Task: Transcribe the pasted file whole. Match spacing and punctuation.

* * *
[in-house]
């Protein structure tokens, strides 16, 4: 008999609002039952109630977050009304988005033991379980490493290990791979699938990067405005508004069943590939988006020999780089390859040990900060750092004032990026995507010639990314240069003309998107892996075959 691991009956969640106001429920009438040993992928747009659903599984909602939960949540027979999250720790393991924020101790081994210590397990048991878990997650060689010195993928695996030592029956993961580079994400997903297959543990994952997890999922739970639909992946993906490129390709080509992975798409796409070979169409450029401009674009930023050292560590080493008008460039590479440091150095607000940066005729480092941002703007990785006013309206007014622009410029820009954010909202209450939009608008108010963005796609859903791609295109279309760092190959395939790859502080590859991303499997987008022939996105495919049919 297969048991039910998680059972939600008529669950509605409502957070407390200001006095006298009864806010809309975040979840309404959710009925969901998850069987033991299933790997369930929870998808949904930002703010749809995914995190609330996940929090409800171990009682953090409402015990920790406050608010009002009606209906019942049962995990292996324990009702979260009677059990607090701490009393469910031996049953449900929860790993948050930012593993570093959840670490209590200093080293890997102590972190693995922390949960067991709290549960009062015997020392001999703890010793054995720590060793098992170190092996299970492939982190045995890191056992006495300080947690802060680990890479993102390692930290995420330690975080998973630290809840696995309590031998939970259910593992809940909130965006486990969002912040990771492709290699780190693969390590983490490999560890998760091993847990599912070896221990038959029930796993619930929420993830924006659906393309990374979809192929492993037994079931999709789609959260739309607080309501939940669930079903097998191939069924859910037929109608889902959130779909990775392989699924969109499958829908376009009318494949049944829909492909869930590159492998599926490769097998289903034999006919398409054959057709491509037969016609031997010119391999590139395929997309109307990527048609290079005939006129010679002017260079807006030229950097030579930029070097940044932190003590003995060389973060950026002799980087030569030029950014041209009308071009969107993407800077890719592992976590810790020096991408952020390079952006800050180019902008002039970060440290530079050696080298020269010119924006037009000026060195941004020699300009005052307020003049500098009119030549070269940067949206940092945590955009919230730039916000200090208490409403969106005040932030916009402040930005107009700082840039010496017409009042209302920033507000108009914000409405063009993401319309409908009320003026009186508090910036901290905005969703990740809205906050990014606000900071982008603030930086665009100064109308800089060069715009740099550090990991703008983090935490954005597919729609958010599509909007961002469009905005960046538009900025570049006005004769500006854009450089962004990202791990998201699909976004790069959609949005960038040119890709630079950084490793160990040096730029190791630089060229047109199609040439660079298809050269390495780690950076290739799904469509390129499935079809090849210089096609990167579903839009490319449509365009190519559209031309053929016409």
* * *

[in-house]
């Protein structure tokens, strides 16, 4: 008999609002039952109630977050009304988005033991379980490493290990791979699938990067405005508004069943590939988006020999780089390859040990900060750092004032990026995507010639990314240069003309998107892996075959 691991009956969640106001429920009438040993992928747009659903599984909602939960949540027979999250720790393991924020101790081994210590397990048991878990997650060689010195993928695996030592029956993961580079994400997903297959543990994952997890999922739970639909992946993906490129390709080509992975798409796409070979169409450029401009674009930023050292560590080493008008460039590479440091150095607000940066005729480092941002703007990785006013309206007014622009410029820009954010909202209450939009608008108010963005796609859903791609295109279309760092190959395939790859502080590859991303499997987008022939996105495919049919 297969048991039910998680059972939600008529669950509605409502957070407390200001006095006298009864806010809309975040979840309404959710009925969901998850069987033991299933790997369930929870998808949904930002703010749809995914995190609330996940929090409800171990009682953090409402015990920790406050608010009002009606209906019942049962995990292996324990009702979260009677059990607090701490009393469910031996049953449900929860790993948050930012593993570093959840670490209590200093080293890997102590972190693995922390949960067991709290549960009062015997020392001999703890010793054995720590060793098992170190092996299970492939982190045995890191056992006495300080947690802060680990890479993102390692930290995420330690975080998973630290809840696995309590031998939970259910593992809940909130965006486990969002912040990771492709290699780190693969390590983490490999560890998760091993847990599912070896221990038959029930796993619930929420993830924006659906393309990374979809192929492993037994079931999709789609959260739309607080309501939940669930079903097998191939069924859910037929109608889902959130779909990775392989699924969109499958829908376009009318494949049944829909492909869930590159492998599926490769097998289903034999006919398409054959057709491509037969016609031997010119391999590139395929997309109307990527048609290079005939006129010679002017260079807006030229950097030579930029070097940044932190003590003995060389973060950026002799980087030569030029950014041209009308071009969107993407800077890719592992976590810790020096991408952020390079952006800050180019902008002039970060440290530079050696080298020269010119924006037009000026060195941004020699300009005052307020003049500098009119030549070269940067949206940092945590955009919230730039916000200090208490409403969106005040932030916009402040930005107009700082840039010496017409009042209302920033507000108009914000409405063009993401319309409908009320003026009186508090910036901290905005969703990740809205906050990014606000900071982008603030930086665009100064109308800089060069715009740099550090990991703008983090935490954005597919729609958010599509909007961002469009905005960046538009900025570049006005004769500006854009450089962004990202791990998201699909976004790069959609949005960038040119890709630079950084490793160990040096730029190791630089060229047109199609040439660079298809050269390495780690950076290739799904469509390129499935079809090849210089096609990167579903839009490319449509365009190519559209031309053929016409």